Alternative investment fund (AIF)

  • AIFs are investment funds that can pool foreign and domestic monies for investment in India.
  • Foreign investors can now invest in AIFs without needing to seek government approval. Investment in AIFs can be done passively or actively, for example via joint venture with a local partner.
  • A key advantage of AIFs is that they can invest in SRs issued by ARCs.
  • AIFs also allow foreign investors to invest in listed and unlisted debt instruments which would otherwise require RBI approval.
  • In addition, if structured correctly certain categories of AIFs have “pass through status” under Indian income tax laws. This means that the rate of tax payable by a foreign investor is the same as what the foreign investor would have had to pay if the investment was made directly in the portfolio entity.
  • A disadvantage of AIFs is that they have no special enforcement rights. For this reason it is common for foreign investors to also invest in ARCs and/or NBFCs.

Foreign portfolio investment (FPI)

  • This is investment in shares, bonds, convertible securities, etc. To undertake investing as an FPI, an FPI licence must be obtained.
  • It has been common for investors to use FPI licenses to purchase SRs issued by ARCs and to invest in Indian corporates via NCDs.
  • There are however various restrictions on the level of investment by foreign investors in Indian companies through this platform.

External commercial borrowing (EBCs)

  • ECBs are commercial loans raised from non-resident lenders in either Indian rupees or any freely convertible currencies.
  • ECBs can be made available in many forms, including bank loans, bonds, securitized instruments, buyer’s credit, supplier’s credit, foreign currency convertible bonds, and foreign currency exchangeable bonds.
  • Recognised foreign investors can purchase existing ECBs or lend directly to Indian entities via ECBs.
  • Some of the key advantages of advantage of ECBs are that:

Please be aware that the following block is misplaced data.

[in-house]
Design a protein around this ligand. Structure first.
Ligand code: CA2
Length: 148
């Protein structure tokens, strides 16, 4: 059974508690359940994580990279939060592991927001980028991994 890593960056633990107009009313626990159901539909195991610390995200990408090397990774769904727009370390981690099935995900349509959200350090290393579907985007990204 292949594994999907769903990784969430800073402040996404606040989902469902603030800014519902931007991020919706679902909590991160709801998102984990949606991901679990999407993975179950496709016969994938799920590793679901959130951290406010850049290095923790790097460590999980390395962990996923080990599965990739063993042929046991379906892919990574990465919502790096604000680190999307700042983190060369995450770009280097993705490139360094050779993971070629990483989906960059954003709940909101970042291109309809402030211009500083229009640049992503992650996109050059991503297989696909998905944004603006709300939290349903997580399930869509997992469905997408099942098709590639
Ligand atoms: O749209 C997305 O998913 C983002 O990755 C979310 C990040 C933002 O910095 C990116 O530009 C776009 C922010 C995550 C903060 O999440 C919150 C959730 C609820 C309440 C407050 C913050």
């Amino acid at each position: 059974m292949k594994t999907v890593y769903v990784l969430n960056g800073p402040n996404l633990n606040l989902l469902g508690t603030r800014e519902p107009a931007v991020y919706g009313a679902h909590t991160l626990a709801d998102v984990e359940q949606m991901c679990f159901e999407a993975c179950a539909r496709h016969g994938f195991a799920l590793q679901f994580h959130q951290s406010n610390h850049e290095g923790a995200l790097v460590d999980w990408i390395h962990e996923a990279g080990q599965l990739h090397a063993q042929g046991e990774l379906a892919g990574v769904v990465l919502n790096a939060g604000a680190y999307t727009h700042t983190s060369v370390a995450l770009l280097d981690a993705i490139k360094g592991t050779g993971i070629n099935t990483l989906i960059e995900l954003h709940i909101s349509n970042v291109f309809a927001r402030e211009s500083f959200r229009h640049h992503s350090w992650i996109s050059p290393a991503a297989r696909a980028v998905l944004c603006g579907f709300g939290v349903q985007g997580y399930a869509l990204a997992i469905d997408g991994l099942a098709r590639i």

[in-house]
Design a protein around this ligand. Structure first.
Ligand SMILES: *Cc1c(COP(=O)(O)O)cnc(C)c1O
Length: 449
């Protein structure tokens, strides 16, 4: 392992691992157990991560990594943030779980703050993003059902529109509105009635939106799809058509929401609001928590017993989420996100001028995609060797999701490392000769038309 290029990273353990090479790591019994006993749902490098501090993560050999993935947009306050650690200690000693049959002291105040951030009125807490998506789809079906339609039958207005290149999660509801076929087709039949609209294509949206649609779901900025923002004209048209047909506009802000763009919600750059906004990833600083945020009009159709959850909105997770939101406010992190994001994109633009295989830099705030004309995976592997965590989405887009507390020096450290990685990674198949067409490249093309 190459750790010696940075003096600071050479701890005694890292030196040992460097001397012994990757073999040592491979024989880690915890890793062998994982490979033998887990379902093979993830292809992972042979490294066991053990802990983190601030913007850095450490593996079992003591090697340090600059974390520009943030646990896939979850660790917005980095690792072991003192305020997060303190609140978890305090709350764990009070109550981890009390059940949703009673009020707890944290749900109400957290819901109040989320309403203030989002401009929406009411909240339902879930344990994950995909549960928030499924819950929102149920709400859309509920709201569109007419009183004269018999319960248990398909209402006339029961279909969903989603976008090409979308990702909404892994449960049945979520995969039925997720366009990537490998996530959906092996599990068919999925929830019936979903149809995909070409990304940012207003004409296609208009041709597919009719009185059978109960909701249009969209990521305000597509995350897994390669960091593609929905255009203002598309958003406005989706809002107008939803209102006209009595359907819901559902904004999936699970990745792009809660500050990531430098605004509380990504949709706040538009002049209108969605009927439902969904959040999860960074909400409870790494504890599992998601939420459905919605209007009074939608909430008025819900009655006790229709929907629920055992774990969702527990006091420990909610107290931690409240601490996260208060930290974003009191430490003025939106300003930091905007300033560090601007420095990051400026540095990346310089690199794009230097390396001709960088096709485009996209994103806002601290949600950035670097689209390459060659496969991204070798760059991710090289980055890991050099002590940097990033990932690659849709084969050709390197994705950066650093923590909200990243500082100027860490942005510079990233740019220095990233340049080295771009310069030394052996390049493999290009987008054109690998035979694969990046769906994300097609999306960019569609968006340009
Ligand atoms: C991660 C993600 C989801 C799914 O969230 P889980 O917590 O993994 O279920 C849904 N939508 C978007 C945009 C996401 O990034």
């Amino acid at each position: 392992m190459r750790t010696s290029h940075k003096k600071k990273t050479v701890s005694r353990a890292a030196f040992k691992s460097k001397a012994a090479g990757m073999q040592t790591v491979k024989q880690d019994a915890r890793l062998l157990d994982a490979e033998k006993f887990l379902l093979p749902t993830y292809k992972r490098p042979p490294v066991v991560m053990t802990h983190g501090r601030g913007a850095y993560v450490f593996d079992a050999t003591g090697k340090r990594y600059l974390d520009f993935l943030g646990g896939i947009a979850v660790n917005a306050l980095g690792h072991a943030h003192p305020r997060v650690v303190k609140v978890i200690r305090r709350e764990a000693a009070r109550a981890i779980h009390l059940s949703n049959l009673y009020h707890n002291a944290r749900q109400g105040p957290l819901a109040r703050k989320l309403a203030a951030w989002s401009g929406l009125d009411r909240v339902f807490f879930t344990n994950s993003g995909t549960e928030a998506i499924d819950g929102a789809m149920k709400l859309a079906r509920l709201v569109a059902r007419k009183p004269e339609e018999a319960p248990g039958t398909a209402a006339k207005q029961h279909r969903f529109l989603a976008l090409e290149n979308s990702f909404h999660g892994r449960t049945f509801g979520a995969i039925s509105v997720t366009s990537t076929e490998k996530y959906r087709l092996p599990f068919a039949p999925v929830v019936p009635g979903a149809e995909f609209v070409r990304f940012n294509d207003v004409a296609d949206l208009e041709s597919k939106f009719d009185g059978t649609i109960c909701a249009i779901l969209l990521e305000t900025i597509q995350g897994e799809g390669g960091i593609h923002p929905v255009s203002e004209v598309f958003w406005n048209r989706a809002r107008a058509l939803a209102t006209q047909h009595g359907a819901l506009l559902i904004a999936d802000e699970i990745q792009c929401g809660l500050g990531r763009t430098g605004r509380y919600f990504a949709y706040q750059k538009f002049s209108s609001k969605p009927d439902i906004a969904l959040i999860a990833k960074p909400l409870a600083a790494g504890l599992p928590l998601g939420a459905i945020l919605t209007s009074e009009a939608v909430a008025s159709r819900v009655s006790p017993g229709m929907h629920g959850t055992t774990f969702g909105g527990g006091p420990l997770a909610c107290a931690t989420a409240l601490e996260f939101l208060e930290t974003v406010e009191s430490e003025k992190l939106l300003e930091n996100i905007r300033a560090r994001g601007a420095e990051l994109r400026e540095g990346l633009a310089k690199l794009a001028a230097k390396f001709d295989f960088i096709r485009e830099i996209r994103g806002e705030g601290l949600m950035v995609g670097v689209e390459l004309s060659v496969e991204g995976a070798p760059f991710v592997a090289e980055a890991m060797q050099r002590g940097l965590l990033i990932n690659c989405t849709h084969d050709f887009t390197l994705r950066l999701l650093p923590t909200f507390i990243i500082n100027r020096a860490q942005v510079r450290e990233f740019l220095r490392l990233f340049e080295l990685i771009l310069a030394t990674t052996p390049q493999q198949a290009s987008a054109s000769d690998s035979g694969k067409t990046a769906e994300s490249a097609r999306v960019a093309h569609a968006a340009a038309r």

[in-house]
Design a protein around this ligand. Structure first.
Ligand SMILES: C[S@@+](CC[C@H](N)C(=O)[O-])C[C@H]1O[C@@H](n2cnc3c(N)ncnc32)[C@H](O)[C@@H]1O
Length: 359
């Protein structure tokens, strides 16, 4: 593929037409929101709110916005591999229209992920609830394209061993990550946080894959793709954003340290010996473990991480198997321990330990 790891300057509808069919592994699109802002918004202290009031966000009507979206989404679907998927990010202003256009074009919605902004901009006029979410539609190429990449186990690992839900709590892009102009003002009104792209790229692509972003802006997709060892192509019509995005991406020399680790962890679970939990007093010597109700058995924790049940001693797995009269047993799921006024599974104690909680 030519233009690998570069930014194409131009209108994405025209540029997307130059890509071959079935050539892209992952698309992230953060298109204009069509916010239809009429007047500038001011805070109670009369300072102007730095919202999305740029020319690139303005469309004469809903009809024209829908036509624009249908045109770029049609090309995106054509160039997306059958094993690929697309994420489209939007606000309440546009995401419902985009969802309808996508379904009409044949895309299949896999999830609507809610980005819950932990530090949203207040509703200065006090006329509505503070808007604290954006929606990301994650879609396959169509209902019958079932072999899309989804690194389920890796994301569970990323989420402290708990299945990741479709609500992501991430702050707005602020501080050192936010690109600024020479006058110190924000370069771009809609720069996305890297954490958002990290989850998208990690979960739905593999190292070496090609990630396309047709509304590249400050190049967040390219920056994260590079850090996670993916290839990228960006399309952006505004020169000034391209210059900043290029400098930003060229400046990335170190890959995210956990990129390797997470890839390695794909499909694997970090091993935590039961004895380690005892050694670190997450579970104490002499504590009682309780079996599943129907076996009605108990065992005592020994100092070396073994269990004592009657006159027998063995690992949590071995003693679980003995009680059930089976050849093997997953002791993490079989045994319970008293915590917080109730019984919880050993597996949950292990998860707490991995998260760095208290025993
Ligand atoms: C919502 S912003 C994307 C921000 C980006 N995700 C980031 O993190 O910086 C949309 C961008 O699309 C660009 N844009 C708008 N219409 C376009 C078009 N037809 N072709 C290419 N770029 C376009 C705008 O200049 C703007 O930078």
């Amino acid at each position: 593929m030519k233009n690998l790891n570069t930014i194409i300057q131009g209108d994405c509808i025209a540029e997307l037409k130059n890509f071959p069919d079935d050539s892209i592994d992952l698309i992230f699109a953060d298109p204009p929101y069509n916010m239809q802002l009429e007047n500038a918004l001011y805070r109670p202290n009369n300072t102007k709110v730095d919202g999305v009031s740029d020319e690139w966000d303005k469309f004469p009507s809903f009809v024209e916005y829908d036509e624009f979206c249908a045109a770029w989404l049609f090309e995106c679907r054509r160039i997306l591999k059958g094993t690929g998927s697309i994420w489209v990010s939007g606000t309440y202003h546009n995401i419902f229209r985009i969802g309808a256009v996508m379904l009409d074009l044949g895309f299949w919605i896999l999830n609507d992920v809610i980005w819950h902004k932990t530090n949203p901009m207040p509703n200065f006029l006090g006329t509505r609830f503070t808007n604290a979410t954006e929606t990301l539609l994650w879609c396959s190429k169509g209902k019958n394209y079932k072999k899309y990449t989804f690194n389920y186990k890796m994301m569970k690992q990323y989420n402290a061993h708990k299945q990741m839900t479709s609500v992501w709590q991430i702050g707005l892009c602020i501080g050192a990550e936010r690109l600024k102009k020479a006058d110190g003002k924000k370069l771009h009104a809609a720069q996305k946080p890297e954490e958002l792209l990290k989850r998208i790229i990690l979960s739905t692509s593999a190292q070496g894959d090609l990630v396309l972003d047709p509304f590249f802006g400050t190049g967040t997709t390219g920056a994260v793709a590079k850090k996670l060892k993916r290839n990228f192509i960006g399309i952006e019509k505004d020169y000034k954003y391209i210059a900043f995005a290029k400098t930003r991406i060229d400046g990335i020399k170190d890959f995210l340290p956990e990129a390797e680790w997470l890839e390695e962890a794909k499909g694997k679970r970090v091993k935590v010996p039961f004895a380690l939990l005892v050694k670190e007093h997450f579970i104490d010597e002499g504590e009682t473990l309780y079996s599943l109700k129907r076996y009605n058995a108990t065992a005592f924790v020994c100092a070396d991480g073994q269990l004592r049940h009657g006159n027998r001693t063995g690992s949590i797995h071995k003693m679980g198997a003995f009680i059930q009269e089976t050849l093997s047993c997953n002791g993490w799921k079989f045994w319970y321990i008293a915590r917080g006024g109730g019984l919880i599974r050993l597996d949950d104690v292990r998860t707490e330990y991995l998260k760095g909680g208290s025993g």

• the underlying contract agreements are often governed by English law;
    • they can usually be traded on the secondary market; and
    • the eligibility requirements for foreign lenders/investors are relatively easy to satisfy.
  • A key disadvantage of ECBs is that they are generally subject to a number of restrictions, including limitations on the entities which can be lent to, the uses which the funds can be put toward, and the cost of borrowing.

Key takeways

  1. Economic liberalisation in India has opened up new platforms for foreign investors and/or made these platforms more accessible and attractive.
  2. The suitability of each platform will depend on each investor’s objectives and risk appetite. However, it is  common for investors to utilise multiple platforms to enable them to enjoy the benefits of each.

The new time bound restructuring and insolvency process under the IBC has created huge opportunities for investors to acquire distressed assets in India.

The Hogan Lovells’ India Regional Practice is based in key locations for doing business in India, including Singapore, Hong Kong, Dubai, London, and Washington, D.C. As we are not able to advise on Indian law, we have formed strategic relationships with local counsel in key locations within India. Please contact us if you require further advice on foreign investment.